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crystal field theory and quasicrystalline models

updated tue 13 jun 00


Michael Banks on wed 7 jun 00


Perhaps two examples can help to illustrate the efficacy of these two models
in explaining the behaviour of some glaze components:

1. The fact that tin and zirconium make good opacifiers in glazes, may be
due to the fact that both elements are known to exhibit high crystal field
stabilisation energies. The crystal field stabilisation energy of a
transition element varies from high (e.g. zirconium) to low (e.g. zinc) and
controls the potential of transition metals to occupy octahedral sites in
crystals. Zircon crystals (zirconium silicate) crystallise early out of
natural magmas at high temperatures and resist dissolution in glazes to a
great extent. Tin is also a high field strength element and behaves
similarly to zircon, even though the melting point of tin oxide is less than
for zinc oxide. Zinc is a low field strength element however and dissolves
readily in glaze, because it's ability to stay put in crystal form is weak.
Zinc oxide is thus a poor opacifier. Titanium has intermediate crystal
field strength and titanium dioxide has only moderate ability to resist
dissolution in a glaze, but a proportion of it crystallises out of solution
during glaze cooling.

2. The quasicrystalline model regards silicate melts -not as oxide soup, but
to consist of free moving mineral component molecules, such as feldspar,
pyroxenes, nesosilicates, some oxides etc. These molecules vary
considerably in size and complexity and are essentially ultra-small
crystals. But their crystalline nature is too small to be detected by x-ray
methods etc, hence the term "quasicrystal". This concept is quite useful to
explain the nature of many glazes. For example, feldspathic glazes are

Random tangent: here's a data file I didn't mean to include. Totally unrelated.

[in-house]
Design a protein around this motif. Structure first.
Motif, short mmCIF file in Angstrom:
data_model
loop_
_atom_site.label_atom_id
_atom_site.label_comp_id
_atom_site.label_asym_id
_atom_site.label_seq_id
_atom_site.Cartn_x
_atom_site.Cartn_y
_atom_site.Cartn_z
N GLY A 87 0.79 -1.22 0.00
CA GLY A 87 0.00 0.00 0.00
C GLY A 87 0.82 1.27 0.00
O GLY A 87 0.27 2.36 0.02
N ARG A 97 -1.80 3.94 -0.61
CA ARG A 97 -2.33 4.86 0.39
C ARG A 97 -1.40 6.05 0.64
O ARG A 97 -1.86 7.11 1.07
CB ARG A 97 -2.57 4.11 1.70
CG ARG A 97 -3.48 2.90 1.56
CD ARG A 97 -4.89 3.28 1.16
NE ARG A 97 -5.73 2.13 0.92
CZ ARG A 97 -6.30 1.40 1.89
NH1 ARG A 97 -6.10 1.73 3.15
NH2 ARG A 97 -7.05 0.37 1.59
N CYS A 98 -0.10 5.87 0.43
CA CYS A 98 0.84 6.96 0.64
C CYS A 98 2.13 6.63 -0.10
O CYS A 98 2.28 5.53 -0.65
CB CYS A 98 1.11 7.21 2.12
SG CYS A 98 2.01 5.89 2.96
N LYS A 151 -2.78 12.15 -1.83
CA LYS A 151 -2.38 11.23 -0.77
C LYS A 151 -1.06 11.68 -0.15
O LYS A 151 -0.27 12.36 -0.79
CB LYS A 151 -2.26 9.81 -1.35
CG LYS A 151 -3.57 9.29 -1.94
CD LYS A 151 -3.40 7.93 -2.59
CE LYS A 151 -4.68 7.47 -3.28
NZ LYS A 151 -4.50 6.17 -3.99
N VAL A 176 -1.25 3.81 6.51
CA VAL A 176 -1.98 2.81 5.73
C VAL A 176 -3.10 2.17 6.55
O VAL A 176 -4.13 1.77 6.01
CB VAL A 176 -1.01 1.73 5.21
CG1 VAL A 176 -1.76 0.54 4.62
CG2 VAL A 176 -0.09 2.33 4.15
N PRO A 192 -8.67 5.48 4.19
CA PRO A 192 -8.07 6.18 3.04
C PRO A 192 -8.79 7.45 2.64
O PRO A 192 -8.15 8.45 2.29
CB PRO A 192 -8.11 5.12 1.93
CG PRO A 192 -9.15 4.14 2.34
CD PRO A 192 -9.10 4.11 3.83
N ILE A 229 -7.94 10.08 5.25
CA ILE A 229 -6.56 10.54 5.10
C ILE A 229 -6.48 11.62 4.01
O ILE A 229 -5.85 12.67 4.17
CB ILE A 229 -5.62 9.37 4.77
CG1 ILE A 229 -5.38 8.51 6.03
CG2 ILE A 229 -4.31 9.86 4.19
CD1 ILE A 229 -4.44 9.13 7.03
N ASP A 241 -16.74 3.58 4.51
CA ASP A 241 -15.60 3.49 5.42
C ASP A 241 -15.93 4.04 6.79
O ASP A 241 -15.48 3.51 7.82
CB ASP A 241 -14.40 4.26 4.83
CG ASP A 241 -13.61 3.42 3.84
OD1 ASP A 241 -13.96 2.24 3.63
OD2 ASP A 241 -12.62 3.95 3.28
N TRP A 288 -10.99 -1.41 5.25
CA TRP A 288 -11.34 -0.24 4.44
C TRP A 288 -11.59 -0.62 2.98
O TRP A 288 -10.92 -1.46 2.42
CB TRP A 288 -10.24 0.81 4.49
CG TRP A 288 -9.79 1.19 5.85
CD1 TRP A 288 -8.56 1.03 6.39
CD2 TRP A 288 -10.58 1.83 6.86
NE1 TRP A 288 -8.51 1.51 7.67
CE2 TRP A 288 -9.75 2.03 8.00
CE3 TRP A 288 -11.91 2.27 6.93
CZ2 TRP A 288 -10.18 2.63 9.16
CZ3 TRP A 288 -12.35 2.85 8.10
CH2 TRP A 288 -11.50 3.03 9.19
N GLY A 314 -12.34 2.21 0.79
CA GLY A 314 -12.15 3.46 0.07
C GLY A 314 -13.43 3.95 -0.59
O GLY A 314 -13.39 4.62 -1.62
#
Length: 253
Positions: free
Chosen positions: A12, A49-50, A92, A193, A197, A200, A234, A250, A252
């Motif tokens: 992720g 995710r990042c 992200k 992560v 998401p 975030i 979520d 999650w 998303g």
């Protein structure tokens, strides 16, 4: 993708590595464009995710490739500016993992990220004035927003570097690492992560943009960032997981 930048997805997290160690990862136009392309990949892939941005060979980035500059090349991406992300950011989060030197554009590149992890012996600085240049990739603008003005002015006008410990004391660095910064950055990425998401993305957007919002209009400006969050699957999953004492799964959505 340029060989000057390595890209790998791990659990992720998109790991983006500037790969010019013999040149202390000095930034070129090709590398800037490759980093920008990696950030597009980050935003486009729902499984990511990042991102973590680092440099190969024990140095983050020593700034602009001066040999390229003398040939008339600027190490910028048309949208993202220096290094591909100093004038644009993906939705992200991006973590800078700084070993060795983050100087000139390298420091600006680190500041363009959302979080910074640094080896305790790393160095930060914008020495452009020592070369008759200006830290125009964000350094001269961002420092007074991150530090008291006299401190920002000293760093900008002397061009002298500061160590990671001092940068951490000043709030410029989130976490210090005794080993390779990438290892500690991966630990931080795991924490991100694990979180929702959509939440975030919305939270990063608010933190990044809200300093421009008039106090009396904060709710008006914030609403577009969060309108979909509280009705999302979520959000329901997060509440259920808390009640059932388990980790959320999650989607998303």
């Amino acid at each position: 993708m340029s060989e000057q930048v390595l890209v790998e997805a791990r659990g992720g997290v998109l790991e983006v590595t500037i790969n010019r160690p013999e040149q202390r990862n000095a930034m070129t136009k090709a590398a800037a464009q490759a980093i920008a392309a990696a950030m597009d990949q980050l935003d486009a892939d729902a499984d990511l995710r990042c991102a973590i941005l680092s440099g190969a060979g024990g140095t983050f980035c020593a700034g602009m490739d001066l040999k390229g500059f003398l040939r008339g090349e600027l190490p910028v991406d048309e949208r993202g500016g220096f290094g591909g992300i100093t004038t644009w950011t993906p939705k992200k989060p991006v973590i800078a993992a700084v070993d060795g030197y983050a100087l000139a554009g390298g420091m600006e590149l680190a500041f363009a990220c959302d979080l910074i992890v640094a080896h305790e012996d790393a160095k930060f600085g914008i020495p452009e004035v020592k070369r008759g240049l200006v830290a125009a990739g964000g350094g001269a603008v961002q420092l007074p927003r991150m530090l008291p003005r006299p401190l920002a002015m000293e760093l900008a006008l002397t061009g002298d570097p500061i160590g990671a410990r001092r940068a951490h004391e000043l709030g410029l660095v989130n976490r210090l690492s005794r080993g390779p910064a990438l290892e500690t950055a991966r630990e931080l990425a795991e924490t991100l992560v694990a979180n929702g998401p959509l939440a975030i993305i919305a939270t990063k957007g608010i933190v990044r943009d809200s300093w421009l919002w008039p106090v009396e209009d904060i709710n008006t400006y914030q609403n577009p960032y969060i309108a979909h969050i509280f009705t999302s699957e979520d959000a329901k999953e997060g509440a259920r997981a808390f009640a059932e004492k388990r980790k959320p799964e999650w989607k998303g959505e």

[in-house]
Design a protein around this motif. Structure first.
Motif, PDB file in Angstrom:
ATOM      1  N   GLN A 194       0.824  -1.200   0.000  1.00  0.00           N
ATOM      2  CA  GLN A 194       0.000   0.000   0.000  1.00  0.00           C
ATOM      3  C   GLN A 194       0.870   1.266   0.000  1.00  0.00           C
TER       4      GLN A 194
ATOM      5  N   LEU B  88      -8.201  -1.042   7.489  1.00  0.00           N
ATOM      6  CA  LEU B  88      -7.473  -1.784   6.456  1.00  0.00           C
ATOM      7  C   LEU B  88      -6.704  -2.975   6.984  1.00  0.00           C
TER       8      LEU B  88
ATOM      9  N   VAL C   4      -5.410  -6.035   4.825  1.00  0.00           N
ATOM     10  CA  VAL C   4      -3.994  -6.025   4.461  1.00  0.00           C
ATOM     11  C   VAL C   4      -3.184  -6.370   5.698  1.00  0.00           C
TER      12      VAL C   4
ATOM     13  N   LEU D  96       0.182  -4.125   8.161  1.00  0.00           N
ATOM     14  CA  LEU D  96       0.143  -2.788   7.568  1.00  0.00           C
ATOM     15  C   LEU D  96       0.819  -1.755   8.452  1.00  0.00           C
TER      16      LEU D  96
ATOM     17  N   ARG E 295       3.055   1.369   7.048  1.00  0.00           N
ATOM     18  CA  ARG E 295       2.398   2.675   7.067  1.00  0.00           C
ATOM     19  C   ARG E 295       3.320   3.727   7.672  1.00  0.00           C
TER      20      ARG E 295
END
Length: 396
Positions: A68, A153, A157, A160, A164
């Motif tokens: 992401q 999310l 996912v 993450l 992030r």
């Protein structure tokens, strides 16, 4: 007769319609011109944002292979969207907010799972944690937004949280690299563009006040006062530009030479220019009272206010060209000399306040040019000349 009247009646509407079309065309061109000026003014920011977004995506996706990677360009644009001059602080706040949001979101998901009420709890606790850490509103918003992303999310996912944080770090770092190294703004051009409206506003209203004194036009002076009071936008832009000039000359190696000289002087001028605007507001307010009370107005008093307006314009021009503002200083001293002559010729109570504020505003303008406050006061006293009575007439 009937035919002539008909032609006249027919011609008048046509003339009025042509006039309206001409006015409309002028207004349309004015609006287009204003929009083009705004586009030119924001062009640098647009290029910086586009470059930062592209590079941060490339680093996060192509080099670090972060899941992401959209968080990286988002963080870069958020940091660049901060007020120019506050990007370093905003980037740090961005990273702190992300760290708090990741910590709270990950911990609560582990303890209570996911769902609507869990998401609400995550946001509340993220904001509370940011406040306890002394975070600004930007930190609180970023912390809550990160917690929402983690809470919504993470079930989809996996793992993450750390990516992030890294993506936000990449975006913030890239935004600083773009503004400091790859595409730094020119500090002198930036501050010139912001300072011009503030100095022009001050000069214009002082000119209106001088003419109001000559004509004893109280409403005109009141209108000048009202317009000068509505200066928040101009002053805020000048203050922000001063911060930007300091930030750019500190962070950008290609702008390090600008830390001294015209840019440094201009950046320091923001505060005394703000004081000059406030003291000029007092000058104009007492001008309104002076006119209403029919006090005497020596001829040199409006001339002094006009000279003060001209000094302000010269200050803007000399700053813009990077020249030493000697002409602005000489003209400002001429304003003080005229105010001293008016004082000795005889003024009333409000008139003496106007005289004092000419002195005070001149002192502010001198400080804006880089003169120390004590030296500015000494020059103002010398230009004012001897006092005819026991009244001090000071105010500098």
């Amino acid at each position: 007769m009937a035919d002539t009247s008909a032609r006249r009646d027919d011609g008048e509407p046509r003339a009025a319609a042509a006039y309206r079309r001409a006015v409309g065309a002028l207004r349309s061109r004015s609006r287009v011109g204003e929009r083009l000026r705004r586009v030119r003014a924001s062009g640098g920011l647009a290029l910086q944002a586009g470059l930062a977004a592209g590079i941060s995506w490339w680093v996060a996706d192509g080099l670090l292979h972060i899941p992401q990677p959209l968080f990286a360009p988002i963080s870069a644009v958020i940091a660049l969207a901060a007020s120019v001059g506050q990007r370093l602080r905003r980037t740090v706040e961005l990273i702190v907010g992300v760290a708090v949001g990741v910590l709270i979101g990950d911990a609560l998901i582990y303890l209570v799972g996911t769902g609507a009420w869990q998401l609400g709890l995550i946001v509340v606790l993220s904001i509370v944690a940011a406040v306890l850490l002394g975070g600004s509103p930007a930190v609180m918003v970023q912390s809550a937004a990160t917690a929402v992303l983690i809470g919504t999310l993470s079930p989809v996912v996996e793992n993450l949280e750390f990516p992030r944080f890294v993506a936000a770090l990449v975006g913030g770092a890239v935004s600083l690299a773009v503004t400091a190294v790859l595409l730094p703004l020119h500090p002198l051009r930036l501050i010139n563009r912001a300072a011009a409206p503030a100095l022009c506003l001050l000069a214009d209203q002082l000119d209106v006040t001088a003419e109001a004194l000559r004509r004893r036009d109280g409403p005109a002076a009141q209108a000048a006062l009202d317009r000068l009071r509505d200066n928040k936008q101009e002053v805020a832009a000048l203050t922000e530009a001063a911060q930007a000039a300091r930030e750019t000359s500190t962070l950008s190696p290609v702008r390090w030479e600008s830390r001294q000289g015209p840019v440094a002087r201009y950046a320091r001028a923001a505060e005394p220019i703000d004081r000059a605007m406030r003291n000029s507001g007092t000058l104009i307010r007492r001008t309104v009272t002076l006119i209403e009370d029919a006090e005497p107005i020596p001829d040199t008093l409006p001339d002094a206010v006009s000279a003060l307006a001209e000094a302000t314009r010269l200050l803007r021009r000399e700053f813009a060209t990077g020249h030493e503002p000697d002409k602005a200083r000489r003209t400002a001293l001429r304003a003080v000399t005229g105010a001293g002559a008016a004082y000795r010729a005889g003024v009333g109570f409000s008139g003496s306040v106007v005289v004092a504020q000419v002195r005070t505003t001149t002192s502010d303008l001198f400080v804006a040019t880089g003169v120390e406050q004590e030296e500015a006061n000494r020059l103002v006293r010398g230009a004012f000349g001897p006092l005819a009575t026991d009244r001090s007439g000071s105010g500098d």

viscous and "fat". This can be visualised as due to the fact that feldspar
molecules (feldspar quasicrystals) are large clunky structures which do not
easily flow around each other. Add other elements which favour smaller,
compact mineral quasicrystals (excess alkalis, calcium, magnesia, boron,
zinc etc) and the glaze becomes very much more fluid. Adding sources of
alumina to a lime, or alkali rich glaze though, has the opposite
effect -again favouring large, viscosity promoting feldspar quasicrystals.

Hope this helps,
in NZ

Ivor Lewis wrote:
----- Original Message -----
any more.--- crystal field theory and the quasicrystalline model>

I suppose the best way to become one is to be educated in one of the
institutions which was responsible for the Renaissance movement. And to read

Right Michael, put these post renaissance ideas into words we simple people
can understand and relate it to the stuff which runs down the pot and onto
the shelf.

Best regards, and thanks for some thought provoking information

Craig Martell on mon 12 jun 00


Thanks for this post Michael. I've been working on an irridescent shino
glaze that has very high surface reflection and I've been working on some
crystal stuff to change the light refraction in selected places on any
given piece. Your post has given me some other directions and
considerations concerning my crystal experiments.

By itself, the glaze is almost as irridescent as copper raku stuff. The
colorant is Iron though. When I use titanium slips under this glaze, I get
a rainbow prism effect which produces blues, voilets, pinks that are very
subtle. So I am encouraged to press on.

Thanks for some great info.

Craig Martell in Oregon